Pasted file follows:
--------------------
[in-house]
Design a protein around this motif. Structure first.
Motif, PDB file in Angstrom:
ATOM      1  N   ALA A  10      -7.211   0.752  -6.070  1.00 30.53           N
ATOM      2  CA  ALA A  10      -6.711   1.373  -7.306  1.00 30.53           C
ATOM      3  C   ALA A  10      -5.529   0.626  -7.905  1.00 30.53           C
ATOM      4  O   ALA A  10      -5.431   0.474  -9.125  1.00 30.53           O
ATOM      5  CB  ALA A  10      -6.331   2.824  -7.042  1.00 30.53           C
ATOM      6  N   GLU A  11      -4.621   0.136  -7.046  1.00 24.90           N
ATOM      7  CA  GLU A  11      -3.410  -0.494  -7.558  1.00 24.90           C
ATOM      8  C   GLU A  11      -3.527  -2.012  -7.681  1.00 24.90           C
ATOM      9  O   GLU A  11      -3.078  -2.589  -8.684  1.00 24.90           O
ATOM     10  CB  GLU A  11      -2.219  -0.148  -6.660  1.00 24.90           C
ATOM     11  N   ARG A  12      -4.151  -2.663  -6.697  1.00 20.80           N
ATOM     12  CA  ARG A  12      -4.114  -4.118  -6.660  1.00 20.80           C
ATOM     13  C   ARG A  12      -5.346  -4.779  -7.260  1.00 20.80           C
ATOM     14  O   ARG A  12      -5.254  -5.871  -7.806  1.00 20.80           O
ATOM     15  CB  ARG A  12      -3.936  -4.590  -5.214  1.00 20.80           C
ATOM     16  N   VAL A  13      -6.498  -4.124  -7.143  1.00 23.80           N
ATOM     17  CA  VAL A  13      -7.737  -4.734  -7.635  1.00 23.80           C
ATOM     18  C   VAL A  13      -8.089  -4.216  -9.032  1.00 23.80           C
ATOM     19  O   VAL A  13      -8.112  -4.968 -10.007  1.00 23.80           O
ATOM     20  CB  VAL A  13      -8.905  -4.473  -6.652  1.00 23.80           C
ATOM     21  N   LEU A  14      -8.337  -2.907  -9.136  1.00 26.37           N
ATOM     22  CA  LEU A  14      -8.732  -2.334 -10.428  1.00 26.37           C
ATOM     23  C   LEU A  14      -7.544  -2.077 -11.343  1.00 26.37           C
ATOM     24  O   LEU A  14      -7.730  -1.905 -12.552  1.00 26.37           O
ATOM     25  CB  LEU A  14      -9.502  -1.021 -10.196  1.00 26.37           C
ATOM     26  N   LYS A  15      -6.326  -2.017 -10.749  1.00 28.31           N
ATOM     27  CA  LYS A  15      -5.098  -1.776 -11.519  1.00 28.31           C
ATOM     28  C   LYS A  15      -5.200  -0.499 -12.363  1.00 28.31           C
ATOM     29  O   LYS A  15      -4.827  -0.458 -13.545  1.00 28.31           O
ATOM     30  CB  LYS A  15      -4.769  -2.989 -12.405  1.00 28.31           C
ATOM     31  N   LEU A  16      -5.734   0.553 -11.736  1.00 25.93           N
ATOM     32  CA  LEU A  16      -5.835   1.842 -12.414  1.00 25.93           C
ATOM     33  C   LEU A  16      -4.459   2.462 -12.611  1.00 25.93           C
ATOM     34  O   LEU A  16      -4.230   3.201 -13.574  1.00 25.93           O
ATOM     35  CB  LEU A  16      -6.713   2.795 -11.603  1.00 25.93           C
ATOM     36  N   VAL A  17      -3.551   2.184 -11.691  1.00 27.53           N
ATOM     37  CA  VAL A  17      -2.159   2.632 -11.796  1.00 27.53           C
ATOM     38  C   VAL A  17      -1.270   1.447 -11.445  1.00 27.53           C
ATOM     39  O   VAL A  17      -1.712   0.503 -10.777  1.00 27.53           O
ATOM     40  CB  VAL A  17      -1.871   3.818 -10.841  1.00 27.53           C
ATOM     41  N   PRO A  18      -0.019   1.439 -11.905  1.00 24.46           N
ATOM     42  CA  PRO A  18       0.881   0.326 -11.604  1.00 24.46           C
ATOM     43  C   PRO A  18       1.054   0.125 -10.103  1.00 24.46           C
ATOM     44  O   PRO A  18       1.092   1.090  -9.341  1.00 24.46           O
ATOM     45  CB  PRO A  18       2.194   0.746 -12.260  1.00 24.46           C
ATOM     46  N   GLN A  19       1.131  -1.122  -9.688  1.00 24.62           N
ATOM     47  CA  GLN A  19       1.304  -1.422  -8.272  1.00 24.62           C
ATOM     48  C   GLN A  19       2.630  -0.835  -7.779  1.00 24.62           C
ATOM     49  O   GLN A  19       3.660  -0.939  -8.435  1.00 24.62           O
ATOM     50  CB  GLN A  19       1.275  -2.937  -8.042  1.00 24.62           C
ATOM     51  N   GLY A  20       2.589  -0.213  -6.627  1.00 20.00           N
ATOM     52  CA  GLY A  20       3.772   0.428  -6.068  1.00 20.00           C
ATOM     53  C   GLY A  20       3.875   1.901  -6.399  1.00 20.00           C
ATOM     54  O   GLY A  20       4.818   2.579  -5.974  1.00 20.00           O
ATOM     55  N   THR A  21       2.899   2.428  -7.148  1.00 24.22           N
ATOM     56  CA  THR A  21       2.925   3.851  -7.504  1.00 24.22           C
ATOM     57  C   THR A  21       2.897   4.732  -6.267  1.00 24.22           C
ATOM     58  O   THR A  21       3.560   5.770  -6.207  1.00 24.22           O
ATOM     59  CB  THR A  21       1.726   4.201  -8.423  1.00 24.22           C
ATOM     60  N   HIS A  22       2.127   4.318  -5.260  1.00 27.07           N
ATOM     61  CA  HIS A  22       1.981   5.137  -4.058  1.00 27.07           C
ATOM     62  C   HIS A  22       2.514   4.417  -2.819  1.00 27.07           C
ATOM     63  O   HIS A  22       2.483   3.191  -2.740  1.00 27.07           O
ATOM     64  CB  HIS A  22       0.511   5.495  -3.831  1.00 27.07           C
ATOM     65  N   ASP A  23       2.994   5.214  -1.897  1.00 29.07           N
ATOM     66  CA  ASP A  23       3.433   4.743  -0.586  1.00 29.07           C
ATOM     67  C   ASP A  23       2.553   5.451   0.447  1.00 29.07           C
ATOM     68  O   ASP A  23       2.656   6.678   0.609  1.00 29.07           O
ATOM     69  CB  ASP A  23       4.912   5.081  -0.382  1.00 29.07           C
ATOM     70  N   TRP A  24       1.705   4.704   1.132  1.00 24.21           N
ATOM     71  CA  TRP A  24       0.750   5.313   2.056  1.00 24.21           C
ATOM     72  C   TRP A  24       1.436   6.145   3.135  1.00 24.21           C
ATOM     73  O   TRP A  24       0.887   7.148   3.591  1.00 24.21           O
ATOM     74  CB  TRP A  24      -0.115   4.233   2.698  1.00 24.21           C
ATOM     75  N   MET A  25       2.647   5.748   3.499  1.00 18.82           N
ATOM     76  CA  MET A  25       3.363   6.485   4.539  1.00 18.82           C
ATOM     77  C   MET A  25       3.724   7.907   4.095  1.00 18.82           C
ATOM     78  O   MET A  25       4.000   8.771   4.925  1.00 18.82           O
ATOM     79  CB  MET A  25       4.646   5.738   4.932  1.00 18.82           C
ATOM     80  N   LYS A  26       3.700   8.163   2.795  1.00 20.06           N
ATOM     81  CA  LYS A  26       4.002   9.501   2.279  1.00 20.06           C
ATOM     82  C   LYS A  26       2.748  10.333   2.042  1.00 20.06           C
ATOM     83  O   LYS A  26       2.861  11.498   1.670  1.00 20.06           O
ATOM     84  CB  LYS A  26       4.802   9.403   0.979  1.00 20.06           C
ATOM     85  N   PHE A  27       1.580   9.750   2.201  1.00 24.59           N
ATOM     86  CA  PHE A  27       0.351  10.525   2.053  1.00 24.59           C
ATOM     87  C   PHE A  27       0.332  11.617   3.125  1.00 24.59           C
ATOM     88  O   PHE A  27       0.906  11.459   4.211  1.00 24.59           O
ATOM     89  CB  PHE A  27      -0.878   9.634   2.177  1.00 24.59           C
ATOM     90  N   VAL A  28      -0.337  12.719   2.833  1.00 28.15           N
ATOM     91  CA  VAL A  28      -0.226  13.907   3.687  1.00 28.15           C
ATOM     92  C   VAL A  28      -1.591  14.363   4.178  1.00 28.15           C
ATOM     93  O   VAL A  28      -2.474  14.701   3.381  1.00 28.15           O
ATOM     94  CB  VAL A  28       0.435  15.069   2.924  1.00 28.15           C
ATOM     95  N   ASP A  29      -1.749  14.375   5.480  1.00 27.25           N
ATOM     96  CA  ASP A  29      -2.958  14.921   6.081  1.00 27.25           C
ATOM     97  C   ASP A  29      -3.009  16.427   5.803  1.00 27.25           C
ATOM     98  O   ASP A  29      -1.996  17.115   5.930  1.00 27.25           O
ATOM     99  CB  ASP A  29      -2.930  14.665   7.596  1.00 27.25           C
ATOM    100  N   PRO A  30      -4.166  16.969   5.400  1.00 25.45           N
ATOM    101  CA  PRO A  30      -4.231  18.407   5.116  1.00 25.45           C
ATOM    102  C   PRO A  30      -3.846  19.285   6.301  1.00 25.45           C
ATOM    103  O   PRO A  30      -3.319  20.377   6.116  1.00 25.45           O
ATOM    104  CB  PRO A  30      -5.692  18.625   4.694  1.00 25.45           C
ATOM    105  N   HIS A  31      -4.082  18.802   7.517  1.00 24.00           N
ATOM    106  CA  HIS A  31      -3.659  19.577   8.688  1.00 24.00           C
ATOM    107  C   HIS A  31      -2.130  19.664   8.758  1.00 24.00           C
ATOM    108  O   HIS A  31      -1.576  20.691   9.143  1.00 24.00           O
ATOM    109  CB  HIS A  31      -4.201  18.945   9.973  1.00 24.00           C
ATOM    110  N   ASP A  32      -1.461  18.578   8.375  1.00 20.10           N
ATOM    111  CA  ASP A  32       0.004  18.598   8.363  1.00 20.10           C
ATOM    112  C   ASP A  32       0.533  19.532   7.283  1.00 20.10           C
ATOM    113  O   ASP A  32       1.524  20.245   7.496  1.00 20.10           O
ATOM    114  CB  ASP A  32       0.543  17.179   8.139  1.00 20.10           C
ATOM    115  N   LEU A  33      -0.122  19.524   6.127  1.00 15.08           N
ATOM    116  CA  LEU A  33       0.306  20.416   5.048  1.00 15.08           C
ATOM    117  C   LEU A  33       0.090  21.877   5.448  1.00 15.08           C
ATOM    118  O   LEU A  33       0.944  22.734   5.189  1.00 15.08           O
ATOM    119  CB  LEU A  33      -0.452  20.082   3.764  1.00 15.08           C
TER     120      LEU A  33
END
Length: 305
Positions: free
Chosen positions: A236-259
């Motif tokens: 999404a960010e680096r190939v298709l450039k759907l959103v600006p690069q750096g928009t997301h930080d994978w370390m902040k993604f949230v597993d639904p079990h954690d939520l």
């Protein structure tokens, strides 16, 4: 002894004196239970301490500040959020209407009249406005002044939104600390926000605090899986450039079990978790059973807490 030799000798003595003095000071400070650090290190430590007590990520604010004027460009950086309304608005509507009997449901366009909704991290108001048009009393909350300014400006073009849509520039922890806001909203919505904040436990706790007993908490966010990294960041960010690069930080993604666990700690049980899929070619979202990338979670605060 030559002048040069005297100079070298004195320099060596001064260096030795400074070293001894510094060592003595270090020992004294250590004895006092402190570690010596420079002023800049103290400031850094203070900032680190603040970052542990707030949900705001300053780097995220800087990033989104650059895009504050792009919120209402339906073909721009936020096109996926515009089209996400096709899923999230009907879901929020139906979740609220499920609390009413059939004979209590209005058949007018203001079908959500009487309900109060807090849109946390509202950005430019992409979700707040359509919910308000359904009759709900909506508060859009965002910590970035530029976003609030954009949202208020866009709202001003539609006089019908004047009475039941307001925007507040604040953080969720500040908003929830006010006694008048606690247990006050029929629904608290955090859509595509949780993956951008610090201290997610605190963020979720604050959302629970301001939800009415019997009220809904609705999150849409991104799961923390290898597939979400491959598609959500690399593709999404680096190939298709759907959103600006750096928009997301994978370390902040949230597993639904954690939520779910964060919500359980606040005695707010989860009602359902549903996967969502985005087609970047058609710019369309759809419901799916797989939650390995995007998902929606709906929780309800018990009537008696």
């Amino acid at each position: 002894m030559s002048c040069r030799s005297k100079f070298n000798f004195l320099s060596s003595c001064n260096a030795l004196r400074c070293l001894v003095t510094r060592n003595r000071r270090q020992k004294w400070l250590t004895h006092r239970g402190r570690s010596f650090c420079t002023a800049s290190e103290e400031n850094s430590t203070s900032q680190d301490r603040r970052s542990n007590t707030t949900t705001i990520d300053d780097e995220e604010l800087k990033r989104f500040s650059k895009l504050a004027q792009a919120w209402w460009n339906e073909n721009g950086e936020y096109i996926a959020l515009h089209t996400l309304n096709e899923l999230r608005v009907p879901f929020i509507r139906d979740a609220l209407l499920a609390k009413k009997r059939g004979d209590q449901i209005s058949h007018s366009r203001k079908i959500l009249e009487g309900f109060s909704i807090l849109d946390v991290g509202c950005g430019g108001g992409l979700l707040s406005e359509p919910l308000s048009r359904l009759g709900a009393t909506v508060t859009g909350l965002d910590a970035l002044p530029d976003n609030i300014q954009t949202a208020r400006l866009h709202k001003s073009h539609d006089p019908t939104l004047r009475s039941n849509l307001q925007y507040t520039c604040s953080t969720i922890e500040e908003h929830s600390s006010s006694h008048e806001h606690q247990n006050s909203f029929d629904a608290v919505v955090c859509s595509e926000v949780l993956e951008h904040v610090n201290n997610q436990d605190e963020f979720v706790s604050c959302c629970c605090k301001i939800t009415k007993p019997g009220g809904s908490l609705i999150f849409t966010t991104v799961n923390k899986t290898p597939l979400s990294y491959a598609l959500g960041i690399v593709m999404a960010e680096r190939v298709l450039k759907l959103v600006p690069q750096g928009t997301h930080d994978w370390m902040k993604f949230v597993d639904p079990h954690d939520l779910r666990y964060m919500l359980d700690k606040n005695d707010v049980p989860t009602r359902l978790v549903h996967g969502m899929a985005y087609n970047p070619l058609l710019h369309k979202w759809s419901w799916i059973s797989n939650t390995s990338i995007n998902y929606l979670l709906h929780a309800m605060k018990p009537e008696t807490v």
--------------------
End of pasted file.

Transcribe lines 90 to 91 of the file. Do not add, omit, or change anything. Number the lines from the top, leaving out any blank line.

ATOM     87  C   PHE A  27       0.332  11.617   3.125  1.00 24.59           C
ATOM     88  O   PHE A  27       0.906  11.459   4.211  1.00 24.59           O